From the onset of our project, we were certain of one thing: We wanted to recover our rocket. By recovering the rocket, we would be able to reuse many pieces of the system and redundantly check our data.
So when our team found Fruity Chutes, Inc., we were ecstatic. Here was a company which could provide us with a drogue chute and main chutes — and to specification! You may recognize the pictures below… They are from our first round of “official” drogue parachute tests in December.
Originally, Castle Point Rocketry planned to utilize one drogue parachute and one main parachute. The drogue parachute would deploy at maximum altitude (or “apogee”) and help the rocket fall in the correct orientation. Once the rocket had fallen most of the way back to Earth, our main parachute would open up. The main chute would provide drag (and added visibility) to allow us to track where it fell. It would also ensure the rocket didn’t impact with a big *splat*.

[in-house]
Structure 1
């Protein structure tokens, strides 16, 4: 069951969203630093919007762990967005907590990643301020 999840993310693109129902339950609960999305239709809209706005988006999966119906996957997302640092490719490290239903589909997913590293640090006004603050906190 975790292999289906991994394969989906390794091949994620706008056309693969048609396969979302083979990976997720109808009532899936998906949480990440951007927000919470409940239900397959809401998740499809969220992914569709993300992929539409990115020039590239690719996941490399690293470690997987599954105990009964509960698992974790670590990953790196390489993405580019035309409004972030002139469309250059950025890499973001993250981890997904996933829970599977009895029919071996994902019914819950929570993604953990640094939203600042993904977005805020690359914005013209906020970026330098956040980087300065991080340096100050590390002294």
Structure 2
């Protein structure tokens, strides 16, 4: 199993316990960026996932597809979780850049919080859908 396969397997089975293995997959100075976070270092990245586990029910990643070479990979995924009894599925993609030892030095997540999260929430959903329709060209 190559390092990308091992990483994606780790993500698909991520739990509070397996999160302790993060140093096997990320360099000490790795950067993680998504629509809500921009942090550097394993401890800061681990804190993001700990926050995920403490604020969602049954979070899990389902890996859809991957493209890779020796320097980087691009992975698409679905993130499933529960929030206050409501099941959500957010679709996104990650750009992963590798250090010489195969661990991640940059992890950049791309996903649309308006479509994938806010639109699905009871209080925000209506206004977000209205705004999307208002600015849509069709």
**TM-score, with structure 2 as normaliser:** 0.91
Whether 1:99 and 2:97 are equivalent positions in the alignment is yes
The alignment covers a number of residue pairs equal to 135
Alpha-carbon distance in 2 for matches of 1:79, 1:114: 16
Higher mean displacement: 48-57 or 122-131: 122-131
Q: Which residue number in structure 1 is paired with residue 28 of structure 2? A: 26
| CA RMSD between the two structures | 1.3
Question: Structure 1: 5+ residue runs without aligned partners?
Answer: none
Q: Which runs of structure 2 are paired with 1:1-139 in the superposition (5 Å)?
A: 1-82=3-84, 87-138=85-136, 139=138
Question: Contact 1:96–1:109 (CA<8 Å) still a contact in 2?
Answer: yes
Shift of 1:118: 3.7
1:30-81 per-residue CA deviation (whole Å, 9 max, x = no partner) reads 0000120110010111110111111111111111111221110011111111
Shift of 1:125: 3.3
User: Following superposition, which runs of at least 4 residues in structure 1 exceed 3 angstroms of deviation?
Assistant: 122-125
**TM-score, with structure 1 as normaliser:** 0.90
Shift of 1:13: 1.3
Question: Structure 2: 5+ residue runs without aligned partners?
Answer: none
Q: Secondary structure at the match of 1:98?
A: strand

But, as with much of our project, the parachute system has undergone some iterating. Due to our rocket getting longer and heavier over the last few months, we needed more surface area. (More surface area creates more drag, the resistive force which slows the rocket’s descent.) Rather than buy a bigger chute and scrap our first, we decided to buy a sibling. We now have twin main parachutes!
Those of you who follow us on Facebook probably recognize this picture. (Those who don’t should go follow us pronto!) The first half of this week, we’ve been busy making sure all of our recovery system will fit in the rocket.
As you can see, here is one more subsystem ready for testing and launch. Everything’s leaning towards a successful summer!